Ann Hamilton Makes a Condition

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The Art of Engaging with the Senses, A Conversation with Ann Hamilton by Terence Hannum

Ann Hamilton may be best known for transforming Seattle’s Henry Museum into a surreal landscape, complete with two hundred free flying canaries. For the past two decades, the artist has enacted giant, multi-faceted, participatory installations all over the world, representing the US at the Venice Biennale in 1999.

I spent an afternoon talking to the 2013 MacArthur Fellow about her work, the role of the senses, and the importance of intuition before her upcoming lecture at Goucher College on March 30th.

Our conversation started and finished with observations of time. The effect of time is a primary, an often noted element in Hamilton’s work. Her work shifts our perception and makes us aware of other sensations, notably in her giant installation and performance the event of a thread installed at the NY Armory building, which made me curious to understand how she experiences time.

“We don’t have enough time, everyone is racing through their day,” she said. “What is it that, all of a sudden, you pause and you’re open and, in that opening, something that felt like it was disappearing very fast and running through your hands is suddenly full and long?”

She paused and elaborated further. “Perhaps one makes time in one’s work for a quality or an experience of time that you don’t necessarily have in your daily life.”

the event of a thread, 2012

I agreed, that time is a thing you cannot catch. Then there’s the moment you suddenly have it and it is suddenly very deep, instead of thin and fleeting. Hamilton then flipped the idea of time into a question of spaciousness.

What does it mean to take a relationship to where you find yourself and what you find yourself in, instead of just passing through?

“When I use that word, I say it is not just literally the space you are in but more of the spaciousness of thought, and of imagination, and of experience, and of time,” she said. “So your sense of standing in the presence of a different spaciousness is something that is there in the quality. I like your question because you say we’re encouraged to enter—this question about what it means to enter which is—what does it mean to take a relationship to where you find yourself and what you find yourself in, instead of just passing through? The work of the work is to invite you to do that. It can’t make you do that. It’s not an experience you can consume. It really is about attention.”

the common sense, 2014

Entering a piece by Ann Hamilton is a special experience that often engages many of your senses—from sound to touch, as well as something visual. Hamilton’s work makes me curious about the pathway her ideas take between each medium, from the theatrical collaboration to a print series, or an installation with audience participation.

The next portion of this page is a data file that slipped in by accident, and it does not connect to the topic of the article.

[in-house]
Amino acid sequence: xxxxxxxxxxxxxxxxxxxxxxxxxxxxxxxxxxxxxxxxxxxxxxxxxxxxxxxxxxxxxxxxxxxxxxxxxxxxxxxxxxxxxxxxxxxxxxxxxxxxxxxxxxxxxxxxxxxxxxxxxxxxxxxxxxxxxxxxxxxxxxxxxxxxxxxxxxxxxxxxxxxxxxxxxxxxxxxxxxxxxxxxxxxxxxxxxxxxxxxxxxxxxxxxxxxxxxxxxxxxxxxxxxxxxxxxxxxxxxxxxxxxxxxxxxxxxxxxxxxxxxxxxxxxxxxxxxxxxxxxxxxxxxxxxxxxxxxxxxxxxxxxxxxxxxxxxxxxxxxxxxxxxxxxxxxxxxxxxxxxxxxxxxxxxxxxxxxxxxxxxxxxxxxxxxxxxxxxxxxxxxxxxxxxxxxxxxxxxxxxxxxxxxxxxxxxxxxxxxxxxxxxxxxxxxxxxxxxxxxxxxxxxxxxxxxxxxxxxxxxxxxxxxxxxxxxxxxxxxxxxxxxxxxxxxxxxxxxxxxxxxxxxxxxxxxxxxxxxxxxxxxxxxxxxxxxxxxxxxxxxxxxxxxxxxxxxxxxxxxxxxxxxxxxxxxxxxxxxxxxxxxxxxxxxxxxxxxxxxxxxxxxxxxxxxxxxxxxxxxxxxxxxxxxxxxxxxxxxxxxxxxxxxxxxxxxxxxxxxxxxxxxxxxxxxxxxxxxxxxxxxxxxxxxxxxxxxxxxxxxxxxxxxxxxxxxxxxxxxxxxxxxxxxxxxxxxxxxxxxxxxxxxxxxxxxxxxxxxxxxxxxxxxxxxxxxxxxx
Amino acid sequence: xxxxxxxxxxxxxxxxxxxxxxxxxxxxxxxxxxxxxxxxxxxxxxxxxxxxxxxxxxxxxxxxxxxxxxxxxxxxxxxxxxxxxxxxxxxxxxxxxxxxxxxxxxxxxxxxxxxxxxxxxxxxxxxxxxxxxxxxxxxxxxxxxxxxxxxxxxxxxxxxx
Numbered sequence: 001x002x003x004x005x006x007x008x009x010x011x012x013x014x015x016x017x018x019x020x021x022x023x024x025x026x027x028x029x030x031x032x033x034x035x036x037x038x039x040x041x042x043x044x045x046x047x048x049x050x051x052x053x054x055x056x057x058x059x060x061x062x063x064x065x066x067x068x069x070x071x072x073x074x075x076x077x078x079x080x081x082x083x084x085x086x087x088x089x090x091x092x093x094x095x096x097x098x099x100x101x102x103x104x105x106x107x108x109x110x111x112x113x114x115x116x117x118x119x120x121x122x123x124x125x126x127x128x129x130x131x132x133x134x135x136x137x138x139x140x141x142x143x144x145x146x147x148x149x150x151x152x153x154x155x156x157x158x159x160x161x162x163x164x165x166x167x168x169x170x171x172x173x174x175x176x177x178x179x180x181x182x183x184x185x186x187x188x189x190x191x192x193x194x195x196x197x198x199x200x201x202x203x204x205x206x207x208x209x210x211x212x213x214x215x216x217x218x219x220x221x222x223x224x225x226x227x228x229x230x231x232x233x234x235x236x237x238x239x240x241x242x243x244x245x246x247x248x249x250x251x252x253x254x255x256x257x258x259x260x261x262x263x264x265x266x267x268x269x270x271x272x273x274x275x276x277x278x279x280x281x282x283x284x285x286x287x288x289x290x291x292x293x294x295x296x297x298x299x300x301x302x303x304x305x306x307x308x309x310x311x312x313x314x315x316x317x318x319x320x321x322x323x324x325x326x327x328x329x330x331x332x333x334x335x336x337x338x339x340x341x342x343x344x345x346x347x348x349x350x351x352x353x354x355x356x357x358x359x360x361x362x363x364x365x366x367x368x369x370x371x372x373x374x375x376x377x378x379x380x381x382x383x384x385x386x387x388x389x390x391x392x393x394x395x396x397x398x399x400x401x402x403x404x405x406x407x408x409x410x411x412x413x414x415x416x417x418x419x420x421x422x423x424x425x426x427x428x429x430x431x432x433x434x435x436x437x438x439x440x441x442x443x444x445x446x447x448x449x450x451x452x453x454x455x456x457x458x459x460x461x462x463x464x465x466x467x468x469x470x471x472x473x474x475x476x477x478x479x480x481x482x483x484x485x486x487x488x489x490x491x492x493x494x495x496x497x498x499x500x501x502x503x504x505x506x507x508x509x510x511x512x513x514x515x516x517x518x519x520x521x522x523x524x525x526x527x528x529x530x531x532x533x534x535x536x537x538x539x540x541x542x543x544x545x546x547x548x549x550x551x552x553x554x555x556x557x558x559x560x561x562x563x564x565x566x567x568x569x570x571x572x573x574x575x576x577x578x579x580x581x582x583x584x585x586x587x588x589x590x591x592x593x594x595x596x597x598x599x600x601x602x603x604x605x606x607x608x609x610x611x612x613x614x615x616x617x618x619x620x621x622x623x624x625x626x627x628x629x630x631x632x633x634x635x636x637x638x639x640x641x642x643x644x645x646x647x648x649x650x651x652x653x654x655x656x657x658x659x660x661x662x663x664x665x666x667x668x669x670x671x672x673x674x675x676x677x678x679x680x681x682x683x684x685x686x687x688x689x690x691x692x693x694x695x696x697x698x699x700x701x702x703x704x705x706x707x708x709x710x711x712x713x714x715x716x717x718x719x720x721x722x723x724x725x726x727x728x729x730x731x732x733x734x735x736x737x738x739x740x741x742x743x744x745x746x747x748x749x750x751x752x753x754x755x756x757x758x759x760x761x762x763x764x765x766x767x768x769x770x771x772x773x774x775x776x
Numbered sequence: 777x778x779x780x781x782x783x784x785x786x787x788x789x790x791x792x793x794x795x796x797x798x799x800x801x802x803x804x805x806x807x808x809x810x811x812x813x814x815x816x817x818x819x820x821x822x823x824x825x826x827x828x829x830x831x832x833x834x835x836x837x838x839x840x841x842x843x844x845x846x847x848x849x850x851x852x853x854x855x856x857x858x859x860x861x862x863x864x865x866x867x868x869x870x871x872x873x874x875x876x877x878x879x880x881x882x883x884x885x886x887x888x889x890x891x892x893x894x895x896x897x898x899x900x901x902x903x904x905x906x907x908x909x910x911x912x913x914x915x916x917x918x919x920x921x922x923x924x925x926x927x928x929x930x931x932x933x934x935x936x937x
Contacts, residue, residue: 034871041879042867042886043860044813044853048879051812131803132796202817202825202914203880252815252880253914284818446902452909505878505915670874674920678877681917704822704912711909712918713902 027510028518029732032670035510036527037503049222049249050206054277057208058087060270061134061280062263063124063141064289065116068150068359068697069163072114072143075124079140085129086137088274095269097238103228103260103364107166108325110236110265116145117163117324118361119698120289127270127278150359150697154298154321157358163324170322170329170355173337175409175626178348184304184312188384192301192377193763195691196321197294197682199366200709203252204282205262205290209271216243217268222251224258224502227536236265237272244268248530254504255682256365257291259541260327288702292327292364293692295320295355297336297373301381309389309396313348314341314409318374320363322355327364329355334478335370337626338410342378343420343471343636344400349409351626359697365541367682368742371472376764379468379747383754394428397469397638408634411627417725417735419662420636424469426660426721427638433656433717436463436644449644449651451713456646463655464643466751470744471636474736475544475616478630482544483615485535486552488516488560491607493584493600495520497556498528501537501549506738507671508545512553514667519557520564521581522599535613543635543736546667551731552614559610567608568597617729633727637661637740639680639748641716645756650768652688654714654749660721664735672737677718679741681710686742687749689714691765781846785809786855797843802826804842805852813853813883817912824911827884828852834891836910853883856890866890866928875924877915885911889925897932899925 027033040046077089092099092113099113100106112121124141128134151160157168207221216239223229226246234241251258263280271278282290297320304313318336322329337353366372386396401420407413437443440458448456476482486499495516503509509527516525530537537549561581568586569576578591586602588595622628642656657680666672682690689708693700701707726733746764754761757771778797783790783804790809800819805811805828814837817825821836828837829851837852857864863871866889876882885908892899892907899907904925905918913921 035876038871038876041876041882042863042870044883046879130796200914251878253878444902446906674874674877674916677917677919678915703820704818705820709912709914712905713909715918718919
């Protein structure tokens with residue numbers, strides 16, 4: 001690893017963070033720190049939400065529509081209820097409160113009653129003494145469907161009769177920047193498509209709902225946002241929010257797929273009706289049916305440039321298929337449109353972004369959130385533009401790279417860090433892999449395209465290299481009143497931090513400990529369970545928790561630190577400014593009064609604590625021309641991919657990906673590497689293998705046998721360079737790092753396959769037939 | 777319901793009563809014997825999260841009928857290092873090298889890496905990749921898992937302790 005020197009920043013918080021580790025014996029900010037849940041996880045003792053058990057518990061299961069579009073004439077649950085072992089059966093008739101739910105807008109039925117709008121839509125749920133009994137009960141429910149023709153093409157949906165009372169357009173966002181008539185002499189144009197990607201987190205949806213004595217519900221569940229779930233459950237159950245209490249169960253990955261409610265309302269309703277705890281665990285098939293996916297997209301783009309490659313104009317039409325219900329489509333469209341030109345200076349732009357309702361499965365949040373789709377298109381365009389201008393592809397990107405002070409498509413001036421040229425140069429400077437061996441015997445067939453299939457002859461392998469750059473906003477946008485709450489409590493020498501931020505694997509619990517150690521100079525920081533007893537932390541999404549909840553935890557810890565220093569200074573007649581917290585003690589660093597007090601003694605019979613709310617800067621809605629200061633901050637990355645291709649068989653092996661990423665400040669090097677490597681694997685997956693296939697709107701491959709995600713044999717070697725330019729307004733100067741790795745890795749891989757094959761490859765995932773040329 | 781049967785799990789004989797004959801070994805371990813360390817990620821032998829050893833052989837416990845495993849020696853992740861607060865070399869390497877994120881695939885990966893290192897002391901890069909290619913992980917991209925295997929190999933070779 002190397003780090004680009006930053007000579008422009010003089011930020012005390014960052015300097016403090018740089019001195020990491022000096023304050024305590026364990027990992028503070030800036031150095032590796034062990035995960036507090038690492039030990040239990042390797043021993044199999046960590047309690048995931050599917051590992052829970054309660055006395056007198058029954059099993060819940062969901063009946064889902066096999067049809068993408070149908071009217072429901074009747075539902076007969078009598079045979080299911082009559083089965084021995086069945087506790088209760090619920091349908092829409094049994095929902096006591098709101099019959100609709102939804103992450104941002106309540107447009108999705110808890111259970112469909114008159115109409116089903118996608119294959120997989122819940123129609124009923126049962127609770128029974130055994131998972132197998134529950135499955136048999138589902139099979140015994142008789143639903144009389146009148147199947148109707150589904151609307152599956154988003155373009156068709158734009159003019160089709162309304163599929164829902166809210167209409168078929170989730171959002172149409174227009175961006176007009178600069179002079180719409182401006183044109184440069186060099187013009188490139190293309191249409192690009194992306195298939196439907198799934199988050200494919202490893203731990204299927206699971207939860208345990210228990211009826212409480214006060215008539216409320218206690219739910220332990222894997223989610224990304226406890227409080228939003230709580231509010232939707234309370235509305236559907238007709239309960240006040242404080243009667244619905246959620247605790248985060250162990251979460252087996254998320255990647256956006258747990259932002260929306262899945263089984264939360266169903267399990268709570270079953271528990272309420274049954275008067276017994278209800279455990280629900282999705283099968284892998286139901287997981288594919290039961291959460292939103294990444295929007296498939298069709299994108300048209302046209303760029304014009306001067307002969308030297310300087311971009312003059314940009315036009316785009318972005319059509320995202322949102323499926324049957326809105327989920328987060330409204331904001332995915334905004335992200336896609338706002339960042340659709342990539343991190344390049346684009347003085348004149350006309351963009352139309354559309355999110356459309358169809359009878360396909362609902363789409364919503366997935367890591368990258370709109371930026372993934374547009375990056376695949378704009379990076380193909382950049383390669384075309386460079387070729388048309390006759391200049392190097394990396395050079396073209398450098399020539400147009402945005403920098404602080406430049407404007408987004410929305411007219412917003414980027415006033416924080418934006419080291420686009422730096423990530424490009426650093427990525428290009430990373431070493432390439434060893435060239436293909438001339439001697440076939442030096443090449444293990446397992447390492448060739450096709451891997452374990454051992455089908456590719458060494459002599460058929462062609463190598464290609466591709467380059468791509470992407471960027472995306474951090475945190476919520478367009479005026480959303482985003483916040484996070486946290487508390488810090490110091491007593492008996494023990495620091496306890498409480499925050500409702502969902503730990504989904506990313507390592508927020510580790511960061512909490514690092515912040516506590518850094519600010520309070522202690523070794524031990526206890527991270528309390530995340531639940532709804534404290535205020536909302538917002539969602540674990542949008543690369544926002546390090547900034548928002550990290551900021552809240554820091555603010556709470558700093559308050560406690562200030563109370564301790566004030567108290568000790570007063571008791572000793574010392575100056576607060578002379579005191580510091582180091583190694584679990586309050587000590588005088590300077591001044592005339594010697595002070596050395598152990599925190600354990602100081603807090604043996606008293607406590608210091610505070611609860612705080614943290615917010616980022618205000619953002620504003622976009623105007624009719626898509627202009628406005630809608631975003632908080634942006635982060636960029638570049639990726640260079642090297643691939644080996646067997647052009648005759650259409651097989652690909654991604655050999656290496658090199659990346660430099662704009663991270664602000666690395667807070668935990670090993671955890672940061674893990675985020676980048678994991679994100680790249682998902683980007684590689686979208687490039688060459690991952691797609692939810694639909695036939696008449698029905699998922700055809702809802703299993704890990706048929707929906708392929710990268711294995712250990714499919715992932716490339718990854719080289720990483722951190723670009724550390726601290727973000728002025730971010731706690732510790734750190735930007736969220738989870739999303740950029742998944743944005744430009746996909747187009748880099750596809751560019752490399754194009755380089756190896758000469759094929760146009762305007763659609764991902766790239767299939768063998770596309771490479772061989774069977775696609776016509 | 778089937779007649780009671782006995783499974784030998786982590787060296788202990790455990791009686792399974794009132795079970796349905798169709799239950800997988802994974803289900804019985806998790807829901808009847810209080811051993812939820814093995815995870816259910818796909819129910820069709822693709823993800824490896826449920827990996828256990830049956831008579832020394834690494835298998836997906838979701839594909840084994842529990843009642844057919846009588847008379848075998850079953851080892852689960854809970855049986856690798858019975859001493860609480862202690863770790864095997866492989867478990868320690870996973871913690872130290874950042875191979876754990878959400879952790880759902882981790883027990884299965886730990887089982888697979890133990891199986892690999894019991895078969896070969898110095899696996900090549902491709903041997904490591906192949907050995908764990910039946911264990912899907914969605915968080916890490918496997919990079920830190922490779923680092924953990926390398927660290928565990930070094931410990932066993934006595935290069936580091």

Hamilton replied that she circles around a set of concerns of issues. “What is touch? What is the reciprocity of touch? What is the experience of reading and language? I think that, for each circumstance, whether that is making a print, doing a big installation that responds to the architecture and social context, or collaborating with someone I am always asking what is the condition that this makes? What is possible? Whether the question is of condition or circumstance.”

“Years ago when I was working with Steve Oliver,” she said. “We were building this tower, which was both an object in the landscape and a space for performances which makes a very particular spatial relationship through this double helical staircase between potential audience and performer. The really wonderful person who I was working with on construction said, ‘We’re not building a tower, we’re making a condition.’”

figura, 2013

Getting back to the origin of a project, Hamilton explained that when she starts a project, “It’s very much about trying to feel and sense and describe and research what is there. And then the questions that evokes. And then to work off of that, [to consider] what’s possible is in response to the situation. Obviously the extreme case is what can you do in the Armory. What is it about that as a civic space, a volume that is the size of a city block. What is civic space now? How do people gather?”

To me this illustrated a balance of between interrogation of her concerns and embracing intuition. So I inquired about the incorporation of sound in her work from the event of a thread, to figura to the common sense with the bullroarers.